Friday, February 27, 2009

Microsoft temps take pay hit as staffing firms agree to cut fees

The third-party staffing agencies that provide temporary workers to Microsoft have agreed to a 10 percent reduction in the rate they charge the software giant, and many are passing a similar cut onto their employees.

It's the latest cost-saving move Microsoft has made to adjust to a recession that is clipping both consumer and business spending.

Staffing-industry analysts say the agencies that absorb more of the reduction themselves — rather than pass it all on to the workers — could gain favor with workers who will remember it when the market recovers and labor again becomes tight.

But these firms, which typically have single-digit profit margins, also have to stay in business until then.

For the workers facing smaller checks, the pay cut was an unwelcome, if not altogether unexpected, development.

Contract positions at Microsoft have been quietly eliminated over the past several months. One woman described earlier cuts in pay rates and benefits her husband has seen.

"If cuts are made on top of these prior reductions, that amounts to a significant loss in income and will make a sizable impact on the local economy," she said in an e-mail.

The woman, like several contractors who contacted The Seattle Times, asked for anonymity for fear that speaking out could jeopardize their jobs.

Some of the contract employees said they were glad to keep their jobs, even at lower pay. Washington's unemployment rate in January was 7.8 percent, higher than the estimated national rate of 7.6 percent.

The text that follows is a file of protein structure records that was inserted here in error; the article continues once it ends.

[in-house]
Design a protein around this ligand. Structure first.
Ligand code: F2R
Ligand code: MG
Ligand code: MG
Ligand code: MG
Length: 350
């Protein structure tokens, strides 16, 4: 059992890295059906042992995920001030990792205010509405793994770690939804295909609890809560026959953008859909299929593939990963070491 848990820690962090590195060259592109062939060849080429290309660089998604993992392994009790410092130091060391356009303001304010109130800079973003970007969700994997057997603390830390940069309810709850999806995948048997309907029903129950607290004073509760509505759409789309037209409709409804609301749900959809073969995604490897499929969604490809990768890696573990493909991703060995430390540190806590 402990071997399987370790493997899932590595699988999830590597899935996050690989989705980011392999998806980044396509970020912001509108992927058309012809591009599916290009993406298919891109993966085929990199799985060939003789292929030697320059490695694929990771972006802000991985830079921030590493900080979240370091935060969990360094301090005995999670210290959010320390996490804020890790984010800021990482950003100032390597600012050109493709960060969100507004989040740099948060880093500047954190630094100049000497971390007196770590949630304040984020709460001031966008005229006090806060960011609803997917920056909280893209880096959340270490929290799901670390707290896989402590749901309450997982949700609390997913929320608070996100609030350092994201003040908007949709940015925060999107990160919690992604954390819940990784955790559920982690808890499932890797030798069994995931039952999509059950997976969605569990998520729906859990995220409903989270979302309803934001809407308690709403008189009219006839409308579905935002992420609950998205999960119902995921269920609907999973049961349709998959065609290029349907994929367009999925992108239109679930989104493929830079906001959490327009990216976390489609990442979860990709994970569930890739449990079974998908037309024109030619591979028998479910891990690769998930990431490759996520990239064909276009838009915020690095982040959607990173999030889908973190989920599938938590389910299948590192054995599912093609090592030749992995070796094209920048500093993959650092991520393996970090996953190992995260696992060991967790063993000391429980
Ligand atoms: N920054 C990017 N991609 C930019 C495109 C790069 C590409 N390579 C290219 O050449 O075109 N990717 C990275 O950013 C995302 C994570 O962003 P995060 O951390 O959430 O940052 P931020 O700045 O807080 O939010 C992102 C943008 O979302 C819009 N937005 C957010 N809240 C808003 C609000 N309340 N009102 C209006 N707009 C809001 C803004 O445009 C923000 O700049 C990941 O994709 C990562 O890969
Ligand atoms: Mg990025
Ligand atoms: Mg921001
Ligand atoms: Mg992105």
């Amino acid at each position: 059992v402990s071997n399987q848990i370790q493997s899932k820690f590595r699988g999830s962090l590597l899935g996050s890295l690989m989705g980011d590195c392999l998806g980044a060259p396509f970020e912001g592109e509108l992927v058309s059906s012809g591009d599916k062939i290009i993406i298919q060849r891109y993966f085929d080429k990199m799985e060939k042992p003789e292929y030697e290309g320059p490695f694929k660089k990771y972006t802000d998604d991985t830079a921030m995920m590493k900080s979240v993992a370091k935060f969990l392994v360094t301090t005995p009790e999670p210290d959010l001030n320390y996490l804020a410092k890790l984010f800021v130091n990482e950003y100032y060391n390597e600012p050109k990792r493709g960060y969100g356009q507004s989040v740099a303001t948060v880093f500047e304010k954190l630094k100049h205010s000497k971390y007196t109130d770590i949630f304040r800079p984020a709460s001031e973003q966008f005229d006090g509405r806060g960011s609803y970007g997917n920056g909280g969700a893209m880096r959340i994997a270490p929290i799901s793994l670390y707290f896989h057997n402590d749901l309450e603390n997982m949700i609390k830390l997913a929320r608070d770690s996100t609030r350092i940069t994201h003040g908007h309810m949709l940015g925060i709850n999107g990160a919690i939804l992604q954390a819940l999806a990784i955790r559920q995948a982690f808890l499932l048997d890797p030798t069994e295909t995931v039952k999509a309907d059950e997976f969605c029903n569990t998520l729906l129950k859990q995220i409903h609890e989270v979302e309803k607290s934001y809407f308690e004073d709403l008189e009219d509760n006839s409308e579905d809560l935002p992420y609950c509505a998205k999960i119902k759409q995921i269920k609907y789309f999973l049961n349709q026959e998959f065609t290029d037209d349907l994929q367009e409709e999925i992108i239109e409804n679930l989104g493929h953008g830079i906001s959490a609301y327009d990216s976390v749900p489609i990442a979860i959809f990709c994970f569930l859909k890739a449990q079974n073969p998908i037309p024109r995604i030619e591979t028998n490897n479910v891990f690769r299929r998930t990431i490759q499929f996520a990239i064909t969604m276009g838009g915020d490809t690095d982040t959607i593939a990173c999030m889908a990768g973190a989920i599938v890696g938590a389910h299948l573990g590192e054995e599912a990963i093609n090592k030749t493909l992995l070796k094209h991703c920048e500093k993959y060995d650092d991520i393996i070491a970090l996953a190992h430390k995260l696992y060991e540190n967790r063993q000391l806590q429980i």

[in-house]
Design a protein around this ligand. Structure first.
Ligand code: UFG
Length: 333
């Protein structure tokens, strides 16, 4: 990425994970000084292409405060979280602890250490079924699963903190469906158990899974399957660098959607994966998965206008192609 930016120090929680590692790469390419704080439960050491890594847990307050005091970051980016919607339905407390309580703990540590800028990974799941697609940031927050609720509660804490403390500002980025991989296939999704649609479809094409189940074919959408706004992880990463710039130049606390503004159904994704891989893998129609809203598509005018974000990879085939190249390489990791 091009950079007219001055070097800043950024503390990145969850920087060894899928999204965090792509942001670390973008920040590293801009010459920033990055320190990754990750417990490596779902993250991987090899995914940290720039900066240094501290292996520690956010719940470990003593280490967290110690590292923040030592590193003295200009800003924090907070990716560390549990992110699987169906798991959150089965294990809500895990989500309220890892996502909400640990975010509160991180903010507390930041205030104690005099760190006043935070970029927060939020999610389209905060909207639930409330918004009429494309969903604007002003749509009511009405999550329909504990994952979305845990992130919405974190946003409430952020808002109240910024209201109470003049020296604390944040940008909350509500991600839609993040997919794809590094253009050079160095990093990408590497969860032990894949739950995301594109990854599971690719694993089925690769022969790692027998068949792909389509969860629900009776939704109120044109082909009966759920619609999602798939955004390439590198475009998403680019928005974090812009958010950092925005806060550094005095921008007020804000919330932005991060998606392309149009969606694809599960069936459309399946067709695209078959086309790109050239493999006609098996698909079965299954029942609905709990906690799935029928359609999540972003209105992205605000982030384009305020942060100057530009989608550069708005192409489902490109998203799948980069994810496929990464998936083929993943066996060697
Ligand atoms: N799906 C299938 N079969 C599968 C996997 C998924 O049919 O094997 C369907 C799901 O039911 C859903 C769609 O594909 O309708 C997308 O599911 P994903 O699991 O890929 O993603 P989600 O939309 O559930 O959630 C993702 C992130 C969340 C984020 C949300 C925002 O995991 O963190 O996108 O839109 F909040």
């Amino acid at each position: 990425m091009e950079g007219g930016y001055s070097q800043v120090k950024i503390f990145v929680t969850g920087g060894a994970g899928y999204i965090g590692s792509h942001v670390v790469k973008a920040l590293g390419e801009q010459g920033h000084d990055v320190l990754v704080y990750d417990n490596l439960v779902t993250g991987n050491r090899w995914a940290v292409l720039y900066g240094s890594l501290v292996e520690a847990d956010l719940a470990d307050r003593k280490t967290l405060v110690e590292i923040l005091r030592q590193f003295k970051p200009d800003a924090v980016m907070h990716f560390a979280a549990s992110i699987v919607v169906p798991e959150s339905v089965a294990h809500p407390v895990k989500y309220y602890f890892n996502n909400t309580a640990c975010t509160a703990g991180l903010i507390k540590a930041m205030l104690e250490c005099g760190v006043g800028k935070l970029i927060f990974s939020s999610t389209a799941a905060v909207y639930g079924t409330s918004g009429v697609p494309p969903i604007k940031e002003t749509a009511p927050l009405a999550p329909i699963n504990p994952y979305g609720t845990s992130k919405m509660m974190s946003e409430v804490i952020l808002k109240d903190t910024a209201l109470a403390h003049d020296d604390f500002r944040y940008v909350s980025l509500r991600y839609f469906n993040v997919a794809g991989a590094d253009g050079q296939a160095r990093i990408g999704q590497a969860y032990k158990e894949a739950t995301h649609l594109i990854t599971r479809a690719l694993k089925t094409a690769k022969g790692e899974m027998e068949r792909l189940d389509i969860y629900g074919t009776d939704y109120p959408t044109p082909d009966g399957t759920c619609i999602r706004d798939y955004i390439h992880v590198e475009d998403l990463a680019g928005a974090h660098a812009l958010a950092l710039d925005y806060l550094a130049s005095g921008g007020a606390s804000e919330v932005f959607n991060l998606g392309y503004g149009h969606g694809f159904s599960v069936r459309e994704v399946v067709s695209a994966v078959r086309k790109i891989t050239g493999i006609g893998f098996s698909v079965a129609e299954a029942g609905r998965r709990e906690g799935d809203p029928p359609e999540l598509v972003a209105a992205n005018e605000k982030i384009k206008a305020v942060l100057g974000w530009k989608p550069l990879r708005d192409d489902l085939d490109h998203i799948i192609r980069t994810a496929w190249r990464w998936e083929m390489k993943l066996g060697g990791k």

Microsoft, which announced its first companywide layoff of full-time employees last month, said at the time it was also seeking to reduce its spending on vendor and contingent staff up to 15 percent.

The company does not disclose how many contract employees it uses. Estimates range in the tens of thousands for all contract workers, including temporary workers, who are typically paid on an hourly basis; and vendors, often higher-skilled individuals brought on for specific Microsoft projects.

Vendors, referred to as "v-dash" employees, were not affected by the rate reductions.

"We held discussions with some of the impacted agencies and settled on the 10 percent reduction based on the economic climate and the need to achieve greater cost reductions," spokesman Lou Gellos said in an e-mailed statement.

That reduction is for existing contracts. New temporary contracts will see bill rates reduced 15 percent.

Donn Harvey, president of the Staffing Association of Washington, said it appears most staffing firms are passing on the reductions directly to their employees.

Harvey is president of Bellevue-based Protingent Staffing, which provides vendors to Microsoft and is not affected by these rate reductions.

The bill rate Microsoft pays the agencies is substantially higher than the hourly pay the contract workers earn. This margin covers the agencies' cost for taxes, overhead, employee benefits and their own profits.